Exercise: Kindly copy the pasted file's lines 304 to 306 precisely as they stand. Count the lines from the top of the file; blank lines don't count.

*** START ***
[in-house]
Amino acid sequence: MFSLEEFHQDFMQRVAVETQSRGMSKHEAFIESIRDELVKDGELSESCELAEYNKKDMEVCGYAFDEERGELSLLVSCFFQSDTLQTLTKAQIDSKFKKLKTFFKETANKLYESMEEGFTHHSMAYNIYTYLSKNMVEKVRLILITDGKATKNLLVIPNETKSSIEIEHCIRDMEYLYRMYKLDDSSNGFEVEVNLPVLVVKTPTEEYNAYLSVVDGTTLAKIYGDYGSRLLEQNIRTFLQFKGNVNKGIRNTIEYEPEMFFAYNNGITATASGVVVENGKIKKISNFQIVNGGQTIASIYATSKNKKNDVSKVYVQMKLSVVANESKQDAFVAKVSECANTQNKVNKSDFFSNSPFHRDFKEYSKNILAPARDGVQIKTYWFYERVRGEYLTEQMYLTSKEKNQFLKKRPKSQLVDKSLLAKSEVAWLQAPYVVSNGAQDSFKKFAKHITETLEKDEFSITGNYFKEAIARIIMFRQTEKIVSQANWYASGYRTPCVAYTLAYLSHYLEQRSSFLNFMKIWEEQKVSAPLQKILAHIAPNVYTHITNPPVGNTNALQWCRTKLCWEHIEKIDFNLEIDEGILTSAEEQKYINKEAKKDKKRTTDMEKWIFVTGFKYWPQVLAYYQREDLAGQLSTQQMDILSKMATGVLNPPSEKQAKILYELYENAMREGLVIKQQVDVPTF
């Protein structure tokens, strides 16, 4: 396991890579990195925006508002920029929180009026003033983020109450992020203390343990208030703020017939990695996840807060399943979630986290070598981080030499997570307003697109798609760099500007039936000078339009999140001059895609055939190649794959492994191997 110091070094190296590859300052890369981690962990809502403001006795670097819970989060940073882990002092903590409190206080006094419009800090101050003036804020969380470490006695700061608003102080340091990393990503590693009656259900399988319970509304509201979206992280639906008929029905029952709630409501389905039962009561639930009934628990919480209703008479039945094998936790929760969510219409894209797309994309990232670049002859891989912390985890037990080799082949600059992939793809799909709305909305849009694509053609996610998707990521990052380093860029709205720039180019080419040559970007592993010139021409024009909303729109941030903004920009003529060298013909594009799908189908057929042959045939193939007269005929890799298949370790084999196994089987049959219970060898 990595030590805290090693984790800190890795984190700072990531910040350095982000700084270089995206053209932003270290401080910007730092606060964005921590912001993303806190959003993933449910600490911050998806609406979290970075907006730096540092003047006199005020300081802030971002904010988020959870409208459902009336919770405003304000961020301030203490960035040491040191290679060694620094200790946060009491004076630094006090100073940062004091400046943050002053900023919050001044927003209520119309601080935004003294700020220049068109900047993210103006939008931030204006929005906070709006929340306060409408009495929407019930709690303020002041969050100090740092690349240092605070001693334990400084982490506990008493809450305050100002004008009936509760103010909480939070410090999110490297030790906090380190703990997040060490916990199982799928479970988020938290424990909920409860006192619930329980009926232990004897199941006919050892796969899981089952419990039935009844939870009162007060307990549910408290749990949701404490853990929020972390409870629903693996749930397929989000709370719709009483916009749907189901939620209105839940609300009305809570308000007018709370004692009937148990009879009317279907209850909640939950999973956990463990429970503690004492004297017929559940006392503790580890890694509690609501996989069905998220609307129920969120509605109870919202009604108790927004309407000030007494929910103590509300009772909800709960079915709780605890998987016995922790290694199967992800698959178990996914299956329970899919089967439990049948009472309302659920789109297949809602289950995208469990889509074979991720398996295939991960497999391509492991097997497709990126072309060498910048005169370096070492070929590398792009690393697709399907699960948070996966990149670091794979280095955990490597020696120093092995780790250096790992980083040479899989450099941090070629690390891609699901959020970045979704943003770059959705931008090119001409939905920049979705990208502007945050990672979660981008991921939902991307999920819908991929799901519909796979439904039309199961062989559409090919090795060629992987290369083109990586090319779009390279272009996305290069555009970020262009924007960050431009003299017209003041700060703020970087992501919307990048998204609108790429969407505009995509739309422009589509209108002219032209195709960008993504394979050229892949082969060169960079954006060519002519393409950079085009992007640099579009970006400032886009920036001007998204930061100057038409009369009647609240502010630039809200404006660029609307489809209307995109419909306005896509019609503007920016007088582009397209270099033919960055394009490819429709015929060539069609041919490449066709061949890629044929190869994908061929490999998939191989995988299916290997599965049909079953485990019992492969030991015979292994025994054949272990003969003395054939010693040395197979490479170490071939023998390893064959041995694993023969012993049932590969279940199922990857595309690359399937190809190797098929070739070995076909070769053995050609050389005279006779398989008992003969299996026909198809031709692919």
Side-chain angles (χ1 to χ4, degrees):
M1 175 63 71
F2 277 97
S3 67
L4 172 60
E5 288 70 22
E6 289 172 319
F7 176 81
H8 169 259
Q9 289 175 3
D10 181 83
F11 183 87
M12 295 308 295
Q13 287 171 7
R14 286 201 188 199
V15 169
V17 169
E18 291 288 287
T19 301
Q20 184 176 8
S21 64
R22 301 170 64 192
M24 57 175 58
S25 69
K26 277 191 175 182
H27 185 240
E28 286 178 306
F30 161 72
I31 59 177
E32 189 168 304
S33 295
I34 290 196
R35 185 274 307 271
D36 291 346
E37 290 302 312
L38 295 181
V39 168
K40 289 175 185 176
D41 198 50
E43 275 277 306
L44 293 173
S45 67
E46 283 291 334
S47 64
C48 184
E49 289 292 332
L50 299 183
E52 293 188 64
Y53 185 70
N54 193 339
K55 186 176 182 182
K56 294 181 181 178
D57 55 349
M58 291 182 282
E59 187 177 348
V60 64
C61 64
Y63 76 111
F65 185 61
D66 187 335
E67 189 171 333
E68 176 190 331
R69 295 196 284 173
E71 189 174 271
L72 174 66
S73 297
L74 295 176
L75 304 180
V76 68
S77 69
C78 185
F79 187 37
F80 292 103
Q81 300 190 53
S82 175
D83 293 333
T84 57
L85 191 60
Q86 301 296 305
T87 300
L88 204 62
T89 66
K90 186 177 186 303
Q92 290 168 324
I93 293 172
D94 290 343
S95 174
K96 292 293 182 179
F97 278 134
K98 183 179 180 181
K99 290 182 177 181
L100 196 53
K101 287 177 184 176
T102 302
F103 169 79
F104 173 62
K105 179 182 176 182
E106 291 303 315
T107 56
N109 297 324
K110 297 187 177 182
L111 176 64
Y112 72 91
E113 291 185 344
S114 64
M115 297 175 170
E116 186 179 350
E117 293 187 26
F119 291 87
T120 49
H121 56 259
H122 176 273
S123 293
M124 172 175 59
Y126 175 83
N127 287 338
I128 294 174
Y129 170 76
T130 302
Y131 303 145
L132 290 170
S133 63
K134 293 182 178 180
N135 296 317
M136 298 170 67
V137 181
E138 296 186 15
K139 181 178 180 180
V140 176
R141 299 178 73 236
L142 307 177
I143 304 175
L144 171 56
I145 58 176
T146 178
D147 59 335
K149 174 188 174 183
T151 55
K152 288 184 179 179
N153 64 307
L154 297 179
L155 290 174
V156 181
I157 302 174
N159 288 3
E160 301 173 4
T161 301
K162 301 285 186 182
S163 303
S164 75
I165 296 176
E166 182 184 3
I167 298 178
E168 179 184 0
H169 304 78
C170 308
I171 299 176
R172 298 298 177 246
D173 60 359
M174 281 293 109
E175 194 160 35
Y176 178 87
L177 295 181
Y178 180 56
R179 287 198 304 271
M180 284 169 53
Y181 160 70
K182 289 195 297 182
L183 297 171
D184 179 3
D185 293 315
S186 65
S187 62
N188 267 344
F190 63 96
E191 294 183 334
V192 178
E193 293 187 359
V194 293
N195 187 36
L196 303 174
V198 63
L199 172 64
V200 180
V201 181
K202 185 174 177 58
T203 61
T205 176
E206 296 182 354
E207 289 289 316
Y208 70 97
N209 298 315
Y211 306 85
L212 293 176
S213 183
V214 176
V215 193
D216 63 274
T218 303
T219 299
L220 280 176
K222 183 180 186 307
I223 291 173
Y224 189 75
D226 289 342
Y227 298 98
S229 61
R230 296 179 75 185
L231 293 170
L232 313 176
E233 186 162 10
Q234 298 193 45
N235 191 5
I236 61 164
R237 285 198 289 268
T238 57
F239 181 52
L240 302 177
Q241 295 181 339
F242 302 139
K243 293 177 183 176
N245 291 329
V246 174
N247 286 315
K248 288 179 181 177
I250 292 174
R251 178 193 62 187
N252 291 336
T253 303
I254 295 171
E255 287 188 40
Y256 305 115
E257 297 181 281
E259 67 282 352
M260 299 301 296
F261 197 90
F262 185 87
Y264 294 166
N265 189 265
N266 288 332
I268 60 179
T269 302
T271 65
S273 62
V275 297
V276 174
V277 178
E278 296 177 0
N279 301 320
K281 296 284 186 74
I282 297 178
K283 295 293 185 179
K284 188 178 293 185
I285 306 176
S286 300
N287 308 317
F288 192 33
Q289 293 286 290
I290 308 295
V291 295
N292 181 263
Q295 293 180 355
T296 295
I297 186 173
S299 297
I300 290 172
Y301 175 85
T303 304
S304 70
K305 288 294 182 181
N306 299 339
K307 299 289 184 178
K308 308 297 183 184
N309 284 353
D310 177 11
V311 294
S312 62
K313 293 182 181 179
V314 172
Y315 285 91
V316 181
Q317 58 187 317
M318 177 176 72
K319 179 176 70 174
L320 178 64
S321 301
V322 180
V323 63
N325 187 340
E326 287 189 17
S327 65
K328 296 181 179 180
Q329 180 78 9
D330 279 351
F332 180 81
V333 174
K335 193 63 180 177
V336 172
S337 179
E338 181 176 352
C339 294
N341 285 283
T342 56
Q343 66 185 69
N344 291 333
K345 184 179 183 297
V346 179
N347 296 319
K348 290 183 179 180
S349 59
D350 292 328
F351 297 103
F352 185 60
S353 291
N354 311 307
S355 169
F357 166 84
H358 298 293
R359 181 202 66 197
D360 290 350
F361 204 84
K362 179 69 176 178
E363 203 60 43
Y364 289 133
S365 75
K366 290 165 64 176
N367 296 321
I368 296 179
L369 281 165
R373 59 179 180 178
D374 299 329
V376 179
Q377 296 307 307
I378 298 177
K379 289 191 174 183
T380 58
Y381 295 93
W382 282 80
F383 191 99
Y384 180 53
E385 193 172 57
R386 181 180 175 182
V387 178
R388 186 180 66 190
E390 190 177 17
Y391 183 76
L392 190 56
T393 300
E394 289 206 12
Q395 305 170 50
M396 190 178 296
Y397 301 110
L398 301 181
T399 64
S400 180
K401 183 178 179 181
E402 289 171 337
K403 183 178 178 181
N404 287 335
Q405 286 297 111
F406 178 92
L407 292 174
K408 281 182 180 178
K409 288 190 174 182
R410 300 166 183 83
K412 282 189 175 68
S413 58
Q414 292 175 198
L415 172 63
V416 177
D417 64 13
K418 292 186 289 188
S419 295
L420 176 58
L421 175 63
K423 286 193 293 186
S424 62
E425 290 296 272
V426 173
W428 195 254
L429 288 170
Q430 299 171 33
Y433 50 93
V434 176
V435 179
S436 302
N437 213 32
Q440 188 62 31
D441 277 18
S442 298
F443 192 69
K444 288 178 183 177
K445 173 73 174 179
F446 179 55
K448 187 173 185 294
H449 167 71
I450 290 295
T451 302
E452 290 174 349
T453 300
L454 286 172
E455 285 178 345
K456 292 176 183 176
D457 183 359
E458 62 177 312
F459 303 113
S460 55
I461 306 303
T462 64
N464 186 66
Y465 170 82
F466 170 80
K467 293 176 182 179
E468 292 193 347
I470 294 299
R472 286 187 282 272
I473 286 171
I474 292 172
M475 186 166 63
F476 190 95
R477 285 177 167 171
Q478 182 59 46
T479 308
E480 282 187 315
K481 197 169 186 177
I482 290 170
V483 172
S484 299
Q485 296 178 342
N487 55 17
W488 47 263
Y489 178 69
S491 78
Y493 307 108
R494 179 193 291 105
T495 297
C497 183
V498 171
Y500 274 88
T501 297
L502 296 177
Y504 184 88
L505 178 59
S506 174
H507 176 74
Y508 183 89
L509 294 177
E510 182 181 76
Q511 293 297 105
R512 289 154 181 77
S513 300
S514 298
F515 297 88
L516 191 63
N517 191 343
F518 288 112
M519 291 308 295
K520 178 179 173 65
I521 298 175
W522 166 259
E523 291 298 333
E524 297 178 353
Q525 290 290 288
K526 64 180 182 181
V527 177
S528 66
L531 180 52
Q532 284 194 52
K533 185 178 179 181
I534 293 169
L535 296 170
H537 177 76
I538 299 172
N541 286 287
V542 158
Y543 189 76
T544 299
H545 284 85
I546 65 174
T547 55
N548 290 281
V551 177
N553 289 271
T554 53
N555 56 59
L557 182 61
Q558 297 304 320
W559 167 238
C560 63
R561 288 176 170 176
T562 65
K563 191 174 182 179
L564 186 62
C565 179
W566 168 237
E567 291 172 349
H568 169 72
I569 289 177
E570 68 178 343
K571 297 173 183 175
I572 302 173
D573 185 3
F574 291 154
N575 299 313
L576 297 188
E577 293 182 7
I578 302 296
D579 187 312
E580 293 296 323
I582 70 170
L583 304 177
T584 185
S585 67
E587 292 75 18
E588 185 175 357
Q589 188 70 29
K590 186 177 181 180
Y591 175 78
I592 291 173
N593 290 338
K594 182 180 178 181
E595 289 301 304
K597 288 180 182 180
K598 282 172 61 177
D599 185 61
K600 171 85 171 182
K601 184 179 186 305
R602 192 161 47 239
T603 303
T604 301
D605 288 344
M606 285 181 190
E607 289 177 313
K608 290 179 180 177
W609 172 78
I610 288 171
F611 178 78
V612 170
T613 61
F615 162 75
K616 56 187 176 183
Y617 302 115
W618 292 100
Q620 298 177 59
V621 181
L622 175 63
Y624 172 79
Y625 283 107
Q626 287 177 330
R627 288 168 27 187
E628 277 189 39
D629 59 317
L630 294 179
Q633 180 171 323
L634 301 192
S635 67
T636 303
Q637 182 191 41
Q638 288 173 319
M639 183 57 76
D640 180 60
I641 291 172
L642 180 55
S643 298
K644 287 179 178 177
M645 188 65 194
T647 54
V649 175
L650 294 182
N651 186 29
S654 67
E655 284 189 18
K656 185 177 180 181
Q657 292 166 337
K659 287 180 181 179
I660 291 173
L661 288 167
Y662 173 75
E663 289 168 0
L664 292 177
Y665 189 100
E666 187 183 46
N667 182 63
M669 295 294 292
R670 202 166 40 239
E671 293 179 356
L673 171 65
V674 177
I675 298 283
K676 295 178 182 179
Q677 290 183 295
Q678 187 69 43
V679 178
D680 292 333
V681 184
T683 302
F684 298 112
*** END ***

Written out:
C339 294
N341 285 283
T342 56